Losing a loved one, be it a family member, a romantic partner, or a friend can be devastating. Even when we’re prepared for their loss, it doesn’t get any easier. It’s emotionally and mentally taxing.
However, it’s even more painful to realize their death may have been avoidable. Especially if they were fit, healthy individuals whose lives were placed at stake as a result of personal or professional negligence or misconduct, in which case it’s essential to follow up and investigate what’s known as ‘wrongful death.’
Understanding how wrongful death is interpreted
Wrongful death claims are filed on behalf of individuals who, if living, would be entitled to a personal injury claim. It’s a complex legal phenomenon that requires close scrutiny and familiarity with the state’s law.
Each state approaches it in a different way, with Arkansas’s statute of limitations giving up to three years within the occurrence of the death to make a claim. This means, generally descendants such as family members can have up to 36 months to make a claim on behalf of their loved ones.
Scenarios where wrongful death applies
Typically, as stated above, scenarios that would have otherwise resulted in personal injuries are the ones that give way to wrongful death claims as well. These scenarios include medical negligence and malpractice by doctors or healthcare workers, car accidents including drunk driving and hit-and-runs
Often these claims tend to overlap with others, such as state or federal lawsuits against the accused,.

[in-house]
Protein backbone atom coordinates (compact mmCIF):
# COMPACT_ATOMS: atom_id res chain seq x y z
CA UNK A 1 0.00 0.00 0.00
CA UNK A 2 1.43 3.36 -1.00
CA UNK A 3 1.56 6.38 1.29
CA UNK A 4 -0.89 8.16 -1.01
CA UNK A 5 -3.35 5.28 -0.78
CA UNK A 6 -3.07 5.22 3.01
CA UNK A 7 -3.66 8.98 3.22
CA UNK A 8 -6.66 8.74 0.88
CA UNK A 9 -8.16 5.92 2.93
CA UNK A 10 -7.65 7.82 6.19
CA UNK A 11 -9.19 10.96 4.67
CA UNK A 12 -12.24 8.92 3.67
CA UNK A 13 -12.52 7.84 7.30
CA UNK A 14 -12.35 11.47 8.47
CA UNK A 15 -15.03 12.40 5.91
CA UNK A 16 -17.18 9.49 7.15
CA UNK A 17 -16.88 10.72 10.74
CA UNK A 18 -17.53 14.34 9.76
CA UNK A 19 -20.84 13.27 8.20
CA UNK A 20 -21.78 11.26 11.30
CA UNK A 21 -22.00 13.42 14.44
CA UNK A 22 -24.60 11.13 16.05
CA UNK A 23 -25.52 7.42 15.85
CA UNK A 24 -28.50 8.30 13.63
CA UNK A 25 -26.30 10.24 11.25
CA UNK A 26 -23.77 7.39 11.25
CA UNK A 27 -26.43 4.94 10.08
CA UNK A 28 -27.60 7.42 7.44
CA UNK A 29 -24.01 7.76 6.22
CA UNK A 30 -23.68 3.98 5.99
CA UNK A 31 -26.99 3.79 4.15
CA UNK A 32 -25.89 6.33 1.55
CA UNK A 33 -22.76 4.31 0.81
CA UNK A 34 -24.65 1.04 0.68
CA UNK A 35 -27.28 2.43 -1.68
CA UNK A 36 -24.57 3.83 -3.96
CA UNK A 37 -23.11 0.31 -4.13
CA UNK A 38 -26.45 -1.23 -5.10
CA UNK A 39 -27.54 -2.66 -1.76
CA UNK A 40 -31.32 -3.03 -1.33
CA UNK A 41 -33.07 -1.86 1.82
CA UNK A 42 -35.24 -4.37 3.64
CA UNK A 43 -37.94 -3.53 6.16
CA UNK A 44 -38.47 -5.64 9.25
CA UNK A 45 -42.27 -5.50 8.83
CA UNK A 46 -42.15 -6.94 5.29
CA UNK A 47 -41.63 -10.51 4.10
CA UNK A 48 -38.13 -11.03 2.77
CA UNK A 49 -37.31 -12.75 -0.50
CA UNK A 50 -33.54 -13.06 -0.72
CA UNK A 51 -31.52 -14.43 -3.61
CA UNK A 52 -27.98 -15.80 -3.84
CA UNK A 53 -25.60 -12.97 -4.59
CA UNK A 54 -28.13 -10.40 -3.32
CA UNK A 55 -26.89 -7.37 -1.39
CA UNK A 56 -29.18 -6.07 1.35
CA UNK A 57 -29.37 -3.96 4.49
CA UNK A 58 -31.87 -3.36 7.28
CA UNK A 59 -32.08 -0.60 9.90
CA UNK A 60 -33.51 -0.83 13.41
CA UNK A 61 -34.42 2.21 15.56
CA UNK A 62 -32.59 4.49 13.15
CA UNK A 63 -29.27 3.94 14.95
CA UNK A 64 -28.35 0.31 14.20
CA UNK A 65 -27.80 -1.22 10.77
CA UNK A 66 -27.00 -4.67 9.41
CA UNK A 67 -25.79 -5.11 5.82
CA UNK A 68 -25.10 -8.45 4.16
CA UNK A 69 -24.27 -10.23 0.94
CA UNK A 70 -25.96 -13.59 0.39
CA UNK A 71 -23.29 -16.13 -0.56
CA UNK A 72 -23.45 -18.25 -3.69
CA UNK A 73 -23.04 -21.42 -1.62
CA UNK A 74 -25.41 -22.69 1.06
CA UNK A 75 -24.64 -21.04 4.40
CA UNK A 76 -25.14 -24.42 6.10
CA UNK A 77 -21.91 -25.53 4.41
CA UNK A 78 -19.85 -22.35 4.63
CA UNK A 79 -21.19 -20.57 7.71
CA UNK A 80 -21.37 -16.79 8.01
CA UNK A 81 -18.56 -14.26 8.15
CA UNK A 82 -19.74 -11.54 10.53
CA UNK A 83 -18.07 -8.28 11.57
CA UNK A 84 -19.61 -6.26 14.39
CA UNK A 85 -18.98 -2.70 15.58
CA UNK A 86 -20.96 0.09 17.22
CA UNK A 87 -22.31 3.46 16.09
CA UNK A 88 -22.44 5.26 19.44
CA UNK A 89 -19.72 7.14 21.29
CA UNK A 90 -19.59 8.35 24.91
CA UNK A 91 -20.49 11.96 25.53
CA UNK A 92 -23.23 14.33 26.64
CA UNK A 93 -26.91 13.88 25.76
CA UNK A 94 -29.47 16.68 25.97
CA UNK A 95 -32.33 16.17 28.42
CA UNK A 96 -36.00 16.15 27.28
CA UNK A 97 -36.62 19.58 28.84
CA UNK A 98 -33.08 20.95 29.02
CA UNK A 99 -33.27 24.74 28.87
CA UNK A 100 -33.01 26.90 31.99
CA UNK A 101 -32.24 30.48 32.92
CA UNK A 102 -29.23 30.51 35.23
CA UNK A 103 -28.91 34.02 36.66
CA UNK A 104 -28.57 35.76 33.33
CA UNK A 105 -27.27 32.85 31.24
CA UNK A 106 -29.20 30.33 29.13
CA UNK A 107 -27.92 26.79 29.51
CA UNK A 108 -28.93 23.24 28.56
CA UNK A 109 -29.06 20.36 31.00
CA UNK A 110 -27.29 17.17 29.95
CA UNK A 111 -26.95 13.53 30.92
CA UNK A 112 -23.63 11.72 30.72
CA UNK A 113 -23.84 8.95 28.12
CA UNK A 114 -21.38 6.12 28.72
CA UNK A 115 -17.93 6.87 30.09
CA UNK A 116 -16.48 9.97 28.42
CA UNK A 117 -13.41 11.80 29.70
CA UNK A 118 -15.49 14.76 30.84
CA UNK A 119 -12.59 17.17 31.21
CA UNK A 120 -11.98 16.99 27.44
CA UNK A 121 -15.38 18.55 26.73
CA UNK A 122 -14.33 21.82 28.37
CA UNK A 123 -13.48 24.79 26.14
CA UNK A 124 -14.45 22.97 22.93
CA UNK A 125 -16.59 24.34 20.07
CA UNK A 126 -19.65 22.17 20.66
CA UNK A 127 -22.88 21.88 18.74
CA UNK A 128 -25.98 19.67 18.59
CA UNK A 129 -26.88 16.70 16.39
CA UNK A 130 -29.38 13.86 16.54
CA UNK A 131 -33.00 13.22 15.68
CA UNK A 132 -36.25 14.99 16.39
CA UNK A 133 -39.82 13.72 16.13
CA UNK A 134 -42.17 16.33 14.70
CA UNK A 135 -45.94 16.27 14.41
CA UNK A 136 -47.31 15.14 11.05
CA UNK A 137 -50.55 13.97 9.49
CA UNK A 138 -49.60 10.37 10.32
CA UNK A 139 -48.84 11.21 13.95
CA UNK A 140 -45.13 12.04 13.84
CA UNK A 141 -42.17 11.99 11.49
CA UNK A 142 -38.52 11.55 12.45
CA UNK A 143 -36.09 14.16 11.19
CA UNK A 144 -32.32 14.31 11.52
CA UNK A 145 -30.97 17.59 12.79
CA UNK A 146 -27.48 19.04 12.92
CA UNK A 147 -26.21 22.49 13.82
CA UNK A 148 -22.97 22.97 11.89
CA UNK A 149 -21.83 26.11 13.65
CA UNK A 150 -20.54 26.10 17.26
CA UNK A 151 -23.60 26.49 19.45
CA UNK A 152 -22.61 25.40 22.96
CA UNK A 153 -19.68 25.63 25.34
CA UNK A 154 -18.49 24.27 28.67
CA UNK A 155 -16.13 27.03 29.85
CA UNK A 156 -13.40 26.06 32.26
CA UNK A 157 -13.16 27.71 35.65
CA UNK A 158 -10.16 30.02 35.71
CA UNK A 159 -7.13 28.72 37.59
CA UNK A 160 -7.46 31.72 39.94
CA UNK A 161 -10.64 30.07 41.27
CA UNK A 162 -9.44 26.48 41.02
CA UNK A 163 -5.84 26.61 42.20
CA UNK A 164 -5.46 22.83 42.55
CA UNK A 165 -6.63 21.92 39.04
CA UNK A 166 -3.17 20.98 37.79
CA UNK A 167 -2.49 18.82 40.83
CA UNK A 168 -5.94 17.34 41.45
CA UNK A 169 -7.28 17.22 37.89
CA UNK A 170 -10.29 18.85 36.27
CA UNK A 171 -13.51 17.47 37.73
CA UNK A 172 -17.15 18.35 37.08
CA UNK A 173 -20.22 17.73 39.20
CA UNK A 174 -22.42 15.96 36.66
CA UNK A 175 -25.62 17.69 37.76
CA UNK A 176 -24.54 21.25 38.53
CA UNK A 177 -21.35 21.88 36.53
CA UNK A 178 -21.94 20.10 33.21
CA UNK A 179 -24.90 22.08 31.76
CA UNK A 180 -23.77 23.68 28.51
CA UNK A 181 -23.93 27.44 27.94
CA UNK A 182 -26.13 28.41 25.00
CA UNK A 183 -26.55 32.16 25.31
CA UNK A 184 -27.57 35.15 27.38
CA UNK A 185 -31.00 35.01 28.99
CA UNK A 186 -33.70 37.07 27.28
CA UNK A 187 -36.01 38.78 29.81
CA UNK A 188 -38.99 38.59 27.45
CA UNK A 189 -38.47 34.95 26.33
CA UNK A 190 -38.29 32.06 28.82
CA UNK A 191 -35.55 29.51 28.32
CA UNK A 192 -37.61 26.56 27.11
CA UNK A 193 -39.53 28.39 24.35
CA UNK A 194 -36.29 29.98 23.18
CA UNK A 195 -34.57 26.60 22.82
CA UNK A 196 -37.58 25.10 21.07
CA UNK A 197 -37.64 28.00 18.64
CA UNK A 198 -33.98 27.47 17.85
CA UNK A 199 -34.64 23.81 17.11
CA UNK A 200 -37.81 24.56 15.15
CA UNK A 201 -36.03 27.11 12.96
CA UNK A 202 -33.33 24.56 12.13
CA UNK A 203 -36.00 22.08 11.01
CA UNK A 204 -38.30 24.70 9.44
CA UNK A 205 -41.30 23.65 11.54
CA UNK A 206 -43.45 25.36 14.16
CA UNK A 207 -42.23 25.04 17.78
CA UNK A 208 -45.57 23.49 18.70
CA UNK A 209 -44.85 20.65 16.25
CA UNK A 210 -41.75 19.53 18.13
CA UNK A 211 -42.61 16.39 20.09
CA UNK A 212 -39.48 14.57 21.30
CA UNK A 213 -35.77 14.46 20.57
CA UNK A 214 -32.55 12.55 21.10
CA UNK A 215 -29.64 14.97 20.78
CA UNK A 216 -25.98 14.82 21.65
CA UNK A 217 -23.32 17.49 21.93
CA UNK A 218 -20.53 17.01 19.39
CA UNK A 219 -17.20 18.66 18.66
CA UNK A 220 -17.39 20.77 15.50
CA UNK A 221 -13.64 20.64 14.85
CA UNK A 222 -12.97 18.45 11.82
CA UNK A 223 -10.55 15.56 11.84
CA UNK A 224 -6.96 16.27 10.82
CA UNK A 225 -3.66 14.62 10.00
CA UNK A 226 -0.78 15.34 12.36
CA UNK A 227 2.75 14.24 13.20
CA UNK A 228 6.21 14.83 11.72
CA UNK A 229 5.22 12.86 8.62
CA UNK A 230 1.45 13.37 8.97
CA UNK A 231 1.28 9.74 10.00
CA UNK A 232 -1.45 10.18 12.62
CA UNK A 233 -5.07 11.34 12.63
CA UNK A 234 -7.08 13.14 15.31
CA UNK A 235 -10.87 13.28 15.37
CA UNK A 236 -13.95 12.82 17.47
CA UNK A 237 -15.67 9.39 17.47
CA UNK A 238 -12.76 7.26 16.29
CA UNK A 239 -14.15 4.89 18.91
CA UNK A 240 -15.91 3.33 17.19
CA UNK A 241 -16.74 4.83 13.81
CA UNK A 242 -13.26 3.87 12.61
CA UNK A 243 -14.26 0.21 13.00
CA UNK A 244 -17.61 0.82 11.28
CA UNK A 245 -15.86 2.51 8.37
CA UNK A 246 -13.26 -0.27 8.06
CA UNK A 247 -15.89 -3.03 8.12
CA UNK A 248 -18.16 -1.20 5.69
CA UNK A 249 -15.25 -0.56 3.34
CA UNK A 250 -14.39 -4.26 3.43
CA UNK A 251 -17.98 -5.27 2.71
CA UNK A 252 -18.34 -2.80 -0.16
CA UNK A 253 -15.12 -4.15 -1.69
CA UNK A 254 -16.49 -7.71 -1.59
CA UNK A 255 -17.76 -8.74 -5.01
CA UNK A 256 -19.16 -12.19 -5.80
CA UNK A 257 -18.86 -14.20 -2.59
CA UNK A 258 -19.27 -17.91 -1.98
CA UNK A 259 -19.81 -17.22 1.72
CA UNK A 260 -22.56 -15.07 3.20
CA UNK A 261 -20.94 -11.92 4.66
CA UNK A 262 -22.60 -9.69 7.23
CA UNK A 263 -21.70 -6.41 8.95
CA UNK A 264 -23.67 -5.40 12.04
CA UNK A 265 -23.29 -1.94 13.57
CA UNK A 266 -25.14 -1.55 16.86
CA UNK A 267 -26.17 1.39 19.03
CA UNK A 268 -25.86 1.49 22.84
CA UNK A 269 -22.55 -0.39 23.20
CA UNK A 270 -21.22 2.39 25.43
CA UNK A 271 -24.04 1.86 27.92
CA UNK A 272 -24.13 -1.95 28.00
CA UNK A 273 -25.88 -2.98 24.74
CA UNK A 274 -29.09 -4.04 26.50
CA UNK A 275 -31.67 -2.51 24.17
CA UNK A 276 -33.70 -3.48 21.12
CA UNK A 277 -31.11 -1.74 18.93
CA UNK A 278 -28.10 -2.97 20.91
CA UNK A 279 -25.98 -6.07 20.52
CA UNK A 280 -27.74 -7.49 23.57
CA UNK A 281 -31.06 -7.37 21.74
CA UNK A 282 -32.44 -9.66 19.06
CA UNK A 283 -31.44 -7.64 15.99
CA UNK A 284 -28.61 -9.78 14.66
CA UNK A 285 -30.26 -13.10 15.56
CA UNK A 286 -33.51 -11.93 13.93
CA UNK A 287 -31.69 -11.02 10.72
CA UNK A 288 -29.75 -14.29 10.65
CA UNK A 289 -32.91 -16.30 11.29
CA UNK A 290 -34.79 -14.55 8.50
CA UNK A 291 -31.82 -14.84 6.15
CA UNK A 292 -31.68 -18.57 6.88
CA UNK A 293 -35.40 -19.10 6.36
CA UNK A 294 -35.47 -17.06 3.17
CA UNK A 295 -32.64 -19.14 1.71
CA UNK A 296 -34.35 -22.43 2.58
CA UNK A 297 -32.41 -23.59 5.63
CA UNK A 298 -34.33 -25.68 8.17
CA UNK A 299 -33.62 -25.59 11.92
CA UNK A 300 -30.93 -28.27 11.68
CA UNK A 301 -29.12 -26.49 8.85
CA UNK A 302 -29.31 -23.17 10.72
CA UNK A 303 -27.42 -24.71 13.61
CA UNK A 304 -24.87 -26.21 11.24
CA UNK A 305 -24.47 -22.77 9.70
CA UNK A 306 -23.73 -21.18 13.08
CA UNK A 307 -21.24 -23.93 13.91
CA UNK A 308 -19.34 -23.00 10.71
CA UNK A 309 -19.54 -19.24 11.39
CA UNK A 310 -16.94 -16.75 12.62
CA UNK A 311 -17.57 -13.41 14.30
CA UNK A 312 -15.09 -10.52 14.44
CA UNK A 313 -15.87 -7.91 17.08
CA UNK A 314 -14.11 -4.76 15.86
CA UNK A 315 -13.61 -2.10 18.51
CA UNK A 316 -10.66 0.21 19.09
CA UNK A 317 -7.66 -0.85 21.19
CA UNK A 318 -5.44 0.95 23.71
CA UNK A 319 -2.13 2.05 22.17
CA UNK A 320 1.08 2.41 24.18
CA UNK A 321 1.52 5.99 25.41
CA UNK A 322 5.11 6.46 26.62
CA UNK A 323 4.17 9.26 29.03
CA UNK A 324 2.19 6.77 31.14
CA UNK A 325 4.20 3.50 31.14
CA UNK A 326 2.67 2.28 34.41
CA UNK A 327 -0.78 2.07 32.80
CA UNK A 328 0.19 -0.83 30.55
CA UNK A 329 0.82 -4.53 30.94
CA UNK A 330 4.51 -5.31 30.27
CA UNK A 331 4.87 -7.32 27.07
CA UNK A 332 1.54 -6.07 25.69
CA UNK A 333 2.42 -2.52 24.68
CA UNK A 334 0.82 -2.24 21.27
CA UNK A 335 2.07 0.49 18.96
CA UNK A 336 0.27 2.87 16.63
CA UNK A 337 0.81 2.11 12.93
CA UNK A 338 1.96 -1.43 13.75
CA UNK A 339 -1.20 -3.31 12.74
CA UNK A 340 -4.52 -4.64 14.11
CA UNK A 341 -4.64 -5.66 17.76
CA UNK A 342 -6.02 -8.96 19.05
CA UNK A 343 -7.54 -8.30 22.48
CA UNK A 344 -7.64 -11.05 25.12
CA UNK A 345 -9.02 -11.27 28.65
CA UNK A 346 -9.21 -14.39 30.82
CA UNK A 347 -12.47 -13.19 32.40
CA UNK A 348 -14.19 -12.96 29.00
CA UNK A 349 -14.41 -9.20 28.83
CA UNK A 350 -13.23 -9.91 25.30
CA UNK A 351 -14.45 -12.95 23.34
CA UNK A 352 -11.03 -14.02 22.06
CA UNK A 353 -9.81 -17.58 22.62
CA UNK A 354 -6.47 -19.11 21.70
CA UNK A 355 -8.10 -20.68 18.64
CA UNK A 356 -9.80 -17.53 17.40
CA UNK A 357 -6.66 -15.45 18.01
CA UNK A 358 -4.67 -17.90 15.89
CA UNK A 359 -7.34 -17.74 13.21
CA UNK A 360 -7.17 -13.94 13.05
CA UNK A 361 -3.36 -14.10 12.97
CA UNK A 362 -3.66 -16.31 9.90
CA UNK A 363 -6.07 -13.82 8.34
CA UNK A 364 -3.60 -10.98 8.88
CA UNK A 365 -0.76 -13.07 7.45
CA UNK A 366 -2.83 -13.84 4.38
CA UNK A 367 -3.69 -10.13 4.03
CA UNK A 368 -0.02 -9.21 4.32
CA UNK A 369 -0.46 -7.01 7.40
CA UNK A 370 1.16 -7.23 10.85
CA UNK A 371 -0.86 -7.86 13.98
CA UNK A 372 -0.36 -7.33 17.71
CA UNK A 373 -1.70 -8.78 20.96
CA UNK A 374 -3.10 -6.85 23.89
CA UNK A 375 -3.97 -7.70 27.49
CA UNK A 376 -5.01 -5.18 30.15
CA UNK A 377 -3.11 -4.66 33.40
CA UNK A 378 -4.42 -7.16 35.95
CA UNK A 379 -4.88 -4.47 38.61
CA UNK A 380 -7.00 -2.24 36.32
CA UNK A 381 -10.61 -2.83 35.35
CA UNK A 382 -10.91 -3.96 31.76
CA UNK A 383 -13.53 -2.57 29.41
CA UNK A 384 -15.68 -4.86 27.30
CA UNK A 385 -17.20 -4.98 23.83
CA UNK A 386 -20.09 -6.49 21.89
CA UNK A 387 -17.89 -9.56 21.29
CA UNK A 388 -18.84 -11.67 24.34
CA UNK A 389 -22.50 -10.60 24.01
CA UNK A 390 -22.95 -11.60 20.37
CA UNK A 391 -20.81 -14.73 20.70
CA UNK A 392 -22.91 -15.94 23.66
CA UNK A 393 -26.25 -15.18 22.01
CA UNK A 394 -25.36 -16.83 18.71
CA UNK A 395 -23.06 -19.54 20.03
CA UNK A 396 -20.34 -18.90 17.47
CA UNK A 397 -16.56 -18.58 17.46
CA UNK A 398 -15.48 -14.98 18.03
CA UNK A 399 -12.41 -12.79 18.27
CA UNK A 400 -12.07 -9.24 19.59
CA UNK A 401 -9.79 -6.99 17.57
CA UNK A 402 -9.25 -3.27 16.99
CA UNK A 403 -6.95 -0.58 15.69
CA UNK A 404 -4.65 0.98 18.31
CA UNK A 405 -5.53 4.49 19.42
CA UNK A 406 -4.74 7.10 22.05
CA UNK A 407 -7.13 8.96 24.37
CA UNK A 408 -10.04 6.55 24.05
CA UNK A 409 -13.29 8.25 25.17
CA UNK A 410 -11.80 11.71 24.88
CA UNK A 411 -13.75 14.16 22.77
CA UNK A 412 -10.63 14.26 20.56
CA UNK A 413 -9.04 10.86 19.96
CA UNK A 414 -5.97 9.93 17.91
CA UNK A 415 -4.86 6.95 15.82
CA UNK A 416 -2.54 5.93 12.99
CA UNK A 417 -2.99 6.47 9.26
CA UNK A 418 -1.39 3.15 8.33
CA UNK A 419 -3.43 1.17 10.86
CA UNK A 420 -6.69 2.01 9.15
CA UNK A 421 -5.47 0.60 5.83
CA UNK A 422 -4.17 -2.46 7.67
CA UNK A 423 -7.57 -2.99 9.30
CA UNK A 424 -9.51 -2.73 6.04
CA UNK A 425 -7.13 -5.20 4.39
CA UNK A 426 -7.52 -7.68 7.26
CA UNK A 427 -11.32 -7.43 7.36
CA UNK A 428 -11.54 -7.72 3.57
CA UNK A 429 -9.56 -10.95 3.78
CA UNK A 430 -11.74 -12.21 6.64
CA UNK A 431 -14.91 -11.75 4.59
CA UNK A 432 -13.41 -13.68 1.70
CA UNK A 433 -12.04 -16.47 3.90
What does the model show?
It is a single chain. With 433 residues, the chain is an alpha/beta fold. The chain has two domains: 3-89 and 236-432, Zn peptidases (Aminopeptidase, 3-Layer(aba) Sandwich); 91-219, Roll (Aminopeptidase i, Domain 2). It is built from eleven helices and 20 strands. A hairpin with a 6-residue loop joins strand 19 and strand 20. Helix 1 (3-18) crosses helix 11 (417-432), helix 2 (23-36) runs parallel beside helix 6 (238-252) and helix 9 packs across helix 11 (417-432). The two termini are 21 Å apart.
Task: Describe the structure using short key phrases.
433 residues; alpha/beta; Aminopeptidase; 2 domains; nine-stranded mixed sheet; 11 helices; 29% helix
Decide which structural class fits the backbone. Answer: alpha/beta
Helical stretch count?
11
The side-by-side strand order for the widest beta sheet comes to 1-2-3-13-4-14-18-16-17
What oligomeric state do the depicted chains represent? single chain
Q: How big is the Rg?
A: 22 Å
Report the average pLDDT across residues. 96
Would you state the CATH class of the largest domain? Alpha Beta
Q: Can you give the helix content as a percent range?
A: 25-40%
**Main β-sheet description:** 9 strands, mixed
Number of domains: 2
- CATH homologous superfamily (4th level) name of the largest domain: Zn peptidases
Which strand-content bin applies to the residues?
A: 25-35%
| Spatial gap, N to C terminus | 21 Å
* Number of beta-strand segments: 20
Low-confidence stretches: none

Who can file a wrongful death claim?
Since, of course, the victim themselves cannot file the claim, states have identified various individuals who can do so on their behalf. This includes immediate blood or legal relatives such as parents, siblings, children, or spouses, but also offers exceptions for those without legal heirs and blood relatives.
There are also specific laws regarding the dividend of damages and who receives what and how much. This depends on the type of claim that is filed, be it an estate claim that covers damages for funeral costs, medical bills, wages, and other relevant costs and family costs, which are in lieu of the familial bond, household value, and contribution an individual offered.
What role does the attorney play?
A personal injury attorney will ensure that your case is resolved to benefit you and give you the compensation you deserve. The aim is to hold accountable the accused, proving that their actions are what led to the death of your loved one.
Whether it was a breach of their professional duty as a caretaker or healthcare professional, or the result of vehicular manslaughter, it’s essential to prove the death was circumstantial and not of natural causes.
With empathy and thoroughness, I can help you prove your loved one would have survived had it not been for negligence. It can be a difficult time which is why I take my work very seriously.
My job is to help you receive the justice your family deserves. Reach out to me today if you’re in need of an injury attorney in Little Rock, AR.